Date of Award


Degree Type


Degree Name

Doctor of Philosophy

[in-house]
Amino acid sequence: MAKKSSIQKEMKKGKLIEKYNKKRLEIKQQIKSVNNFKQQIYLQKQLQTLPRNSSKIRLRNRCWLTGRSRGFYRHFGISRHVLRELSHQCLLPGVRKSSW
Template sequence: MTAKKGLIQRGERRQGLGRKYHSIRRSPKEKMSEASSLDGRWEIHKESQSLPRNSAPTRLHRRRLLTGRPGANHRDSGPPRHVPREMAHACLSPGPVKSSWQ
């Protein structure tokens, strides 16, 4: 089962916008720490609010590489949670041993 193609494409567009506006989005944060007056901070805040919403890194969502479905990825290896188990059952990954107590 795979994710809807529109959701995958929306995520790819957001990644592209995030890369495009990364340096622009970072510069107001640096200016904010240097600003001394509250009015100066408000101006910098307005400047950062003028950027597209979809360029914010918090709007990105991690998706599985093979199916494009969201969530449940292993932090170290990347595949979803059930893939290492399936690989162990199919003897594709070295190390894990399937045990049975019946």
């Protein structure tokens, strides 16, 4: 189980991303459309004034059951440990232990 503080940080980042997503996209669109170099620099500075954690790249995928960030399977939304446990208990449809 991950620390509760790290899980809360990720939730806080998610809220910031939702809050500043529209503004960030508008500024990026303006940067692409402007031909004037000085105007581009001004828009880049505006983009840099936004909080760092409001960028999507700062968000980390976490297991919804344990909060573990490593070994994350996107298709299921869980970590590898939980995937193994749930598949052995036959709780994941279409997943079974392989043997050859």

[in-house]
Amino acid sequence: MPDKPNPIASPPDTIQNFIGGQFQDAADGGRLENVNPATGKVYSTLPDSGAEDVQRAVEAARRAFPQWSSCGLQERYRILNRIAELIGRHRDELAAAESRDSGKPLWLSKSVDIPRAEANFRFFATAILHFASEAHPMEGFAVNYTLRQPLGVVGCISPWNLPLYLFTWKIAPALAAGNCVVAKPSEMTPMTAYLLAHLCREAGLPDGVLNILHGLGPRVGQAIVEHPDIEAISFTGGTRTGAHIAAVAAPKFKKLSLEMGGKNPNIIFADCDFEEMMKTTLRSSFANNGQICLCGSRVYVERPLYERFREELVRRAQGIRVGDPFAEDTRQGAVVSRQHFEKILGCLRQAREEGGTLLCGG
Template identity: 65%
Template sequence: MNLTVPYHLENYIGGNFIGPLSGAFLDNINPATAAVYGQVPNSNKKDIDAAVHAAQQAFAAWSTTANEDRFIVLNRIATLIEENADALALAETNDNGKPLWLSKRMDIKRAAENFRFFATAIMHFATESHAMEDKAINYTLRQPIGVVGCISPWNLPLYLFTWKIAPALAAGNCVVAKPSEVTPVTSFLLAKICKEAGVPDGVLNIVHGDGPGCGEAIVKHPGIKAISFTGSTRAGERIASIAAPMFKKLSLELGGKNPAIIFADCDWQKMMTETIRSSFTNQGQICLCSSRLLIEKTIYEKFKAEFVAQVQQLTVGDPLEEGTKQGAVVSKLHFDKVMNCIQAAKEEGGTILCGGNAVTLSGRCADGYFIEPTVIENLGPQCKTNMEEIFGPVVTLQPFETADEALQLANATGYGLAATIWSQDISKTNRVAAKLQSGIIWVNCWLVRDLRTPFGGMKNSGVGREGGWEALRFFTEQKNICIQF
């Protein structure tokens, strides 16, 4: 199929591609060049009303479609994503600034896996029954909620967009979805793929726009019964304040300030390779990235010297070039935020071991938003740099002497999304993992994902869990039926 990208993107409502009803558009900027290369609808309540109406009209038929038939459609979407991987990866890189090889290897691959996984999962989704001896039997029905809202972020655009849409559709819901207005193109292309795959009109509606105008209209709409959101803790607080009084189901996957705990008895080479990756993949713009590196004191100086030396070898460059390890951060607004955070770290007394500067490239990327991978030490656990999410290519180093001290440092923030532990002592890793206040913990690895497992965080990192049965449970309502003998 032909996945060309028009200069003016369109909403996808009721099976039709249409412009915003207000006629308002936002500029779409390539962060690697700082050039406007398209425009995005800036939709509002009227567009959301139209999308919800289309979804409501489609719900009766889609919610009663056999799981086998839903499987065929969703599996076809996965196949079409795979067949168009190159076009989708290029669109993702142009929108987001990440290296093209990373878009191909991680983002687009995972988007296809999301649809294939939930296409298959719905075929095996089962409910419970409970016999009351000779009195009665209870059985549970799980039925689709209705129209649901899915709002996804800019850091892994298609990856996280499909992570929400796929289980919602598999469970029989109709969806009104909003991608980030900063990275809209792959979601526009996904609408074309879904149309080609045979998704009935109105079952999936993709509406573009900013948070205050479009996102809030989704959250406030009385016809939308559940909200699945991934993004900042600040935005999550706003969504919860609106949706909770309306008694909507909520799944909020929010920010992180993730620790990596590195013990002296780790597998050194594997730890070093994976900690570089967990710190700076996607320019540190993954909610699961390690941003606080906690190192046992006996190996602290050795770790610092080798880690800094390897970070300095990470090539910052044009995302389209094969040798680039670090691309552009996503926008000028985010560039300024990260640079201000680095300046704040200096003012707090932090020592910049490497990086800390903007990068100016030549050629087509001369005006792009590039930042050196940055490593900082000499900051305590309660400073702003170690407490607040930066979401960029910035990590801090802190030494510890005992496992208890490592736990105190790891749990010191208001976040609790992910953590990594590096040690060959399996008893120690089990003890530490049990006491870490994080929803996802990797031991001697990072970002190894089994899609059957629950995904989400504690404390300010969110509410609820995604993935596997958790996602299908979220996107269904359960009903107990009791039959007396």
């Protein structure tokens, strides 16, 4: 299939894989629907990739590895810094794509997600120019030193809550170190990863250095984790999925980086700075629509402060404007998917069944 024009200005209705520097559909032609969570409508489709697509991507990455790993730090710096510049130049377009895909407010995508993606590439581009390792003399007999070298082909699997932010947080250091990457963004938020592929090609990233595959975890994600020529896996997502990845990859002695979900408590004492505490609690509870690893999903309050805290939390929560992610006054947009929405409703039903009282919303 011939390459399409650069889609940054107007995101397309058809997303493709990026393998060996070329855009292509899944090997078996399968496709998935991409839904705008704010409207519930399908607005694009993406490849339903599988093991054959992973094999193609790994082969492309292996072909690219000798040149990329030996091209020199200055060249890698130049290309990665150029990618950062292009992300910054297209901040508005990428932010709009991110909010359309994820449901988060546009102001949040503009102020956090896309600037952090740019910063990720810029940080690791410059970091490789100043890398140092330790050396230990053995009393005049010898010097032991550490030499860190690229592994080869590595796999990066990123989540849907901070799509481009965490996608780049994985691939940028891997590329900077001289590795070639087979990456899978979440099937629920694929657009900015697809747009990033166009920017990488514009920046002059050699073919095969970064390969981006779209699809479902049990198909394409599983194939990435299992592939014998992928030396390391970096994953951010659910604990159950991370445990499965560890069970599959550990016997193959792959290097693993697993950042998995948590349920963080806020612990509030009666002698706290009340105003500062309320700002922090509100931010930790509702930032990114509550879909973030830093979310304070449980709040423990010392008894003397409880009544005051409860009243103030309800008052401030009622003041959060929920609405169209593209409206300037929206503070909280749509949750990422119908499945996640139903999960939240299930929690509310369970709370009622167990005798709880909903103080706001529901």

Childhood cancer is no longer viewed as inevitably fatal but rather as a chronic life-threatening illness. Child cancer patients and their families are now faced with longer phases of treatment and an inability to predict the future. Beyond a general recognition of the potential hardships they must endure, we know very little about the psychosocial consequences for the families of children who are surviving cancer.;The present study was designed to assess whether the presence of chronic strain, as experienced by families of child cancer survivors, is associated with (a) increased psychological distress, as measured by levels of depression and anxiety in the parents or (b) lower family adaptation, as measured by levels of functioning in the family and by marital adjustment. The ability of certain personal and social resources to moderate the association of chronic strain with psychological distress and family adaptation was also assessed.;Outcomes for survivors' families were assessed by using a matched comparison sample of parents whose children have never experienced a chronic life-threatening illness and who lived in the neighbourhoods of the survivors' families. A total of 143 parents (80 mothers and 63 fathers) of 80 cancer survivors and 151 parents (79 mothers and 72 fathers) of 80 healthy children completed self-administered questionnaires.;Overall, the families of cancer survivors were not found to be at higher risk for psychological distress or family dysfunction than families with healthy children. The relationship of chronic strain with psychological distress was observed under the condition of low levels of experienced social support, however. Social support appeared to buffer the effect that chronic strain had on depression in fathers and on anxiety in mothers and fathers. Parents of child cancer survivors may represent appropriate targets for intervention, if the assumed direction of the relationships found here can be confirmed through longitudinal research.



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